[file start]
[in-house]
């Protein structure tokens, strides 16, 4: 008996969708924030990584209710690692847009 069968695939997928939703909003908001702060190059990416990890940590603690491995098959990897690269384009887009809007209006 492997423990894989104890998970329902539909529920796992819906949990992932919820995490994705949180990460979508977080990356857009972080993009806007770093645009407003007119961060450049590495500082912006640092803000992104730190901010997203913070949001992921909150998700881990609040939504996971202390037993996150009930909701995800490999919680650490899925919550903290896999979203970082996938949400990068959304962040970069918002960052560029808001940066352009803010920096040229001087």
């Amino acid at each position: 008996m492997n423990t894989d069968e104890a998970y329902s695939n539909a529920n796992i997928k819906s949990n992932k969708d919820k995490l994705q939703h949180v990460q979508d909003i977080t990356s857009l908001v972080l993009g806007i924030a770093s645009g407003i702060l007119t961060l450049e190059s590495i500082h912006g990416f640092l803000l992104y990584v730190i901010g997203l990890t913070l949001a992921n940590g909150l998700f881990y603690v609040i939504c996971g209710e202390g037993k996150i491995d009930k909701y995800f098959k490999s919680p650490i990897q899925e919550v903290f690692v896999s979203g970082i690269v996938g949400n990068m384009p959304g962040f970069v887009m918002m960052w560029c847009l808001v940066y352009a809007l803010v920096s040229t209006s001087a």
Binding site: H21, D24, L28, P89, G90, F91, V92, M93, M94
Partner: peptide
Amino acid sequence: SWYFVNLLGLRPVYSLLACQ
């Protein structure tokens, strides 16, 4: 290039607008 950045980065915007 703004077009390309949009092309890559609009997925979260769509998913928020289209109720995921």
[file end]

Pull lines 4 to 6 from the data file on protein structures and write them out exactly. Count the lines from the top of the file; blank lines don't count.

Binding site: H21, D24, L28, P89, G90, F91, V92, M93, M94
Partner: peptide
Amino acid sequence: SWYFVNLLGLRPVYSLLACQ